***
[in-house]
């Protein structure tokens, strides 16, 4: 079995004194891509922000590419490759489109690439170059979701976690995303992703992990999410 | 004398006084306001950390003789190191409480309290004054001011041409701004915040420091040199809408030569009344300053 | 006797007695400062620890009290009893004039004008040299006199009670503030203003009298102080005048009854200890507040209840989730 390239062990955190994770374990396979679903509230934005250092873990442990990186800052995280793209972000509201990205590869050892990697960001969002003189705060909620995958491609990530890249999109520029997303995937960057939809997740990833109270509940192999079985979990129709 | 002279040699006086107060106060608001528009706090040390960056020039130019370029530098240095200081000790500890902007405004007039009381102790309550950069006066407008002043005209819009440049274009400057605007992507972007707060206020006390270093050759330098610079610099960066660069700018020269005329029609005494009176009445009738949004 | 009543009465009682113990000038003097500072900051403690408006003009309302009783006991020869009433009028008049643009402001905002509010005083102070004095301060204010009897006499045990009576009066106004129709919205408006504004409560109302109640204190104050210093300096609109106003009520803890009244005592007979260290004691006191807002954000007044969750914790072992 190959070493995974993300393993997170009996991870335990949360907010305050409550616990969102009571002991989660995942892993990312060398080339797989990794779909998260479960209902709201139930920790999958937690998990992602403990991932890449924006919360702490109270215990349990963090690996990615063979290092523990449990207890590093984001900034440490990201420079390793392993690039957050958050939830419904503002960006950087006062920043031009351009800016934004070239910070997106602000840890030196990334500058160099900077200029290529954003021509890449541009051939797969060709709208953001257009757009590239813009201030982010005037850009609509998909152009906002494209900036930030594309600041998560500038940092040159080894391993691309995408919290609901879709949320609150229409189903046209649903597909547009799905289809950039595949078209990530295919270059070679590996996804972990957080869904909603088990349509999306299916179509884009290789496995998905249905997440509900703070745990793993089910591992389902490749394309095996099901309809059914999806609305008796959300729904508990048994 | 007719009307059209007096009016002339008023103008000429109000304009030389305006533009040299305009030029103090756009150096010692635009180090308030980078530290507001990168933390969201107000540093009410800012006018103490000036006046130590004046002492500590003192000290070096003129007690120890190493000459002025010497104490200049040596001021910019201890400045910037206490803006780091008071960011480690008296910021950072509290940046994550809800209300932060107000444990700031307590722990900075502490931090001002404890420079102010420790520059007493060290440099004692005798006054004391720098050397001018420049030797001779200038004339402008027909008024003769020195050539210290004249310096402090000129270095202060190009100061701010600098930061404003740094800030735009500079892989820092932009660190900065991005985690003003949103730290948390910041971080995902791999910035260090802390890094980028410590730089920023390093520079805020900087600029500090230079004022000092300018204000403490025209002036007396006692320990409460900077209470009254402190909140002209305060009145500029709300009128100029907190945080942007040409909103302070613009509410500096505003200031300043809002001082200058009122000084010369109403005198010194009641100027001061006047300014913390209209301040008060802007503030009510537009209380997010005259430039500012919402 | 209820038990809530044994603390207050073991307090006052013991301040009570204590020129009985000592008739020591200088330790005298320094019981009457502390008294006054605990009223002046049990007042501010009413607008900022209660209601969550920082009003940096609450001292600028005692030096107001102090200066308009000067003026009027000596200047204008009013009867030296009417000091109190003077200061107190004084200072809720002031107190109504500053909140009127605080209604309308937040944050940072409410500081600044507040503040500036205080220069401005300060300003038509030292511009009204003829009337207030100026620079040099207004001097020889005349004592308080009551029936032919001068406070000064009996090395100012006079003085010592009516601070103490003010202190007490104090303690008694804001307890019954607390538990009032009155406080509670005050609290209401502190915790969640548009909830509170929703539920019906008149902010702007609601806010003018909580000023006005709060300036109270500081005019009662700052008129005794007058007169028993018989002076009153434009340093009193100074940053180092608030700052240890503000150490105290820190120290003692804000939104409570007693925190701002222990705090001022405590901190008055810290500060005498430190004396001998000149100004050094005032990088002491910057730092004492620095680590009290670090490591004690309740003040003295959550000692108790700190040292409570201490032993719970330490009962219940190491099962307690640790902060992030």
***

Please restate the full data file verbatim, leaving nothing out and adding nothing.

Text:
[in-house]
């Protein structure tokens, strides 16, 4: 079995004194891509922000590419490759489109690439170059979701976690995303992703992990999410 | 004398006084306001950390003789190191409480309290004054001011041409701004915040420091040199809408030569009344300053 | 006797007695400062620890009290009893004039004008040299006199009670503030203003009298102080005048009854200890507040209840989730 390239062990955190994770374990396979679903509230934005250092873990442990990186800052995280793209972000509201990205590869050892990697960001969002003189705060909620995958491609990530890249999109520029997303995937960057939809997740990833109270509940192999079985979990129709 | 002279040699006086107060106060608001528009706090040390960056020039130019370029530098240095200081000790500890902007405004007039009381102790309550950069006066407008002043005209819009440049274009400057605007992507972007707060206020006390270093050759330098610079610099960066660069700018020269005329029609005494009176009445009738949004 | 009543009465009682113990000038003097500072900051403690408006003009309302009783006991020869009433009028008049643009402001905002509010005083102070004095301060204010009897006499045990009576009066106004129709919205408006504004409560109302109640204190104050210093300096609109106003009520803890009244005592007979260290004691006191807002954000007044969750914790072992 190959070493995974993300393993997170009996991870335990949360907010305050409550616990969102009571002991989660995942892993990312060398080339797989990794779909998260479960209902709201139930920790999958937690998990992602403990991932890449924006919360702490109270215990349990963090690996990615063979290092523990449990207890590093984001900034440490990201420079390793392993690039957050958050939830419904503002960006950087006062920043031009351009800016934004070239910070997106602000840890030196990334500058160099900077200029290529954003021509890449541009051939797969060709709208953001257009757009590239813009201030982010005037850009609509998909152009906002494209900036930030594309600041998560500038940092040159080894391993691309995408919290609901879709949320609150229409189903046209649903597909547009799905289809950039595949078209990530295919270059070679590996996804972990957080869904909603088990349509999306299916179509884009290789496995998905249905997440509900703070745990793993089910591992389902490749394309095996099901309809059914999806609305008796959300729904508990048994 | 007719009307059209007096009016002339008023103008000429109000304009030389305006533009040299305009030029103090756009150096010692635009180090308030980078530290507001990168933390969201107000540093009410800012006018103490000036006046130590004046002492500590003192000290070096003129007690120890190493000459002025010497104490200049040596001021910019201890400045910037206490803006780091008071960011480690008296910021950072509290940046994550809800209300932060107000444990700031307590722990900075502490931090001002404890420079102010420790520059007493060290440099004692005798006054004391720098050397001018420049030797001779200038004339402008027909008024003769020195050539210290004249310096402090000129270095202060190009100061701010600098930061404003740094800030735009500079892989820092932009660190900065991005985690003003949103730290948390910041971080995902791999910035260090802390890094980028410590730089920023390093520079805020900087600029500090230079004022000092300018204000403490025209002036007396006692320990409460900077209470009254402190909140002209305060009145500029709300009128100029907190945080942007040409909103302070613009509410500096505003200031300043809002001082200058009122000084010369109403005198010194009641100027001061006047300014913390209209301040008060802007503030009510537009209380997010005259430039500012919402 | 209820038990809530044994603390207050073991307090006052013991301040009570204590020129009985000592008739020591200088330790005298320094019981009457502390008294006054605990009223002046049990007042501010009413607008900022209660209601969550920082009003940096609450001292600028005692030096107001102090200066308009000067003026009027000596200047204008009013009867030296009417000091109190003077200061107190004084200072809720002031107190109504500053909140009127605080209604309308937040944050940072409410500081600044507040503040500036205080220069401005300060300003038509030292511009009204003829009337207030100026620079040099207004001097020889005349004592308080009551029936032919001068406070000064009996090395100012006079003085010592009516601070103490003010202190007490104090303690008694804001307890019954607390538990009032009155406080509670005050609290209401502190915790969640548009909830509170929703539920019906008149902010702007609601806010003018909580000023006005709060300036109270500081005019009662700052008129005794007058007169028993018989002076009153434009340093009193100074940053180092608030700052240890503000150490105290820190120290003692804000939104409570007693925190701002222990705090001022405590901190008055810290500060005498430190004396001998000149100004050094005032990088002491910057730092004492620095680590009290670090490591004690309740003040003295959550000692108790700190040292409570201490032993719970330490009962219940190491099962307690640790902060992030």